All was well until I came to the technical-grade benzoyl peroxide, which the supplier had flagged as “May require municipal license to purchase”. I pointed this out to the teacher, and asked whether I should inquire at City Hall. “No, no,” he said. “Leave it out.” (It’s stabilized hydrogen peroxide and an exfoliant: in small doses it is used as an acne remedy.)

  19. Sanskrit courses taught by Paul Tedesco

    What is the difference between Tedesco and Tedeschi as surnames as opposed to common Italian nouns?
    Surnames such as Horvath, Nemeth, Virolainen, etc are pretty common, but they are (usually?) in the singular. So why the plural?
    Speaking of Sanskrit scholars, I’m reminded of Серге́й Серге́евич Тавастше́рна.
    There is no English Wiki for Тавастшерна:

    Тавастше́рна — фамилия (Tawaststjerna).

    Дворянский финско-шведский род, основанный Эриком Тавастом, происходящим из ветви семьи Таваст (Tawast), проживающей в области города Турку (Åbo). 10 февраля 1687 Эрик Таваст в Стокгольмском замке получил фамилию Тавастшерна от Карла XI. Официальный статус фамилия получила в 1689 году и зарегистрирована в Рыцарском доме Швеции под номером 1107. В Финляндии фамилия зарегистрирована в 1818 году под № 81.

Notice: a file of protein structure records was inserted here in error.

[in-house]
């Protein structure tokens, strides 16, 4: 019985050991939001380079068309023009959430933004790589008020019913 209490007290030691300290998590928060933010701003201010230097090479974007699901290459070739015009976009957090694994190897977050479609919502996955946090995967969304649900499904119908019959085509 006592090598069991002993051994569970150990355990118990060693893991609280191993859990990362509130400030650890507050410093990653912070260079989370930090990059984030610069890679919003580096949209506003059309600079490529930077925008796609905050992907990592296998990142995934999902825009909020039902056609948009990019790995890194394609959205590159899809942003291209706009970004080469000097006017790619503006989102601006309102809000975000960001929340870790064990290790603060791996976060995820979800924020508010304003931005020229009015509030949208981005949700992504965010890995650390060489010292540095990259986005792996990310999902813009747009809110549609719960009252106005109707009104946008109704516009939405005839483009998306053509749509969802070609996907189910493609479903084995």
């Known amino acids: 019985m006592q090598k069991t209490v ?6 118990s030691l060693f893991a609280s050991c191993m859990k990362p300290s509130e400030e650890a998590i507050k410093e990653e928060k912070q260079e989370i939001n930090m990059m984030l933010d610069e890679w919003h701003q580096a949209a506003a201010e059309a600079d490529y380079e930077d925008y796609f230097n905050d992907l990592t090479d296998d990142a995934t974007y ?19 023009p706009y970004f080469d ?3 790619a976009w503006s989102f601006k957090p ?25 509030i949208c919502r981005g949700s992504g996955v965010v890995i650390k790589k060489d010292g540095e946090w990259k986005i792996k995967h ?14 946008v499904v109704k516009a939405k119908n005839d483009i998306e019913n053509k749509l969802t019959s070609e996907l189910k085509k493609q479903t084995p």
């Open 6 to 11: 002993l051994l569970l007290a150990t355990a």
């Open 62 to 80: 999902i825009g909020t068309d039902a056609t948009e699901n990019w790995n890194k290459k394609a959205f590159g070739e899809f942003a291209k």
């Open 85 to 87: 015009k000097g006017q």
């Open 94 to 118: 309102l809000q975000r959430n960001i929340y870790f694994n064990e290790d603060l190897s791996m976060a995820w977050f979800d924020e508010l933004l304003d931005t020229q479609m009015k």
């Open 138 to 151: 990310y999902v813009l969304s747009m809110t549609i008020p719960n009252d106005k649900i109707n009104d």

Фамилия в разных поколениях имеет тесные родственные связи с домами Sursill, Tawast, Ruuth, von Fieandt, Mannerheim, Иконниковы-Галицкие и другими аристократическими семьями Европы.

    Представители фамилии получили известность в живописи, музыке, литературе, архитектуре, инженерном деле. Потомки Якоба Понтуса Тавастшерна (сына Эрика Тавастшерна) оказали влияние на ход мировой истории и культуры. Среди них — Тавастшерна Эрик Вернер (музыкант), Тавастшерна Карл Август (писатель), Карл Густав Маннергейм (политический деятель), Тавастшерна Карл Аларик.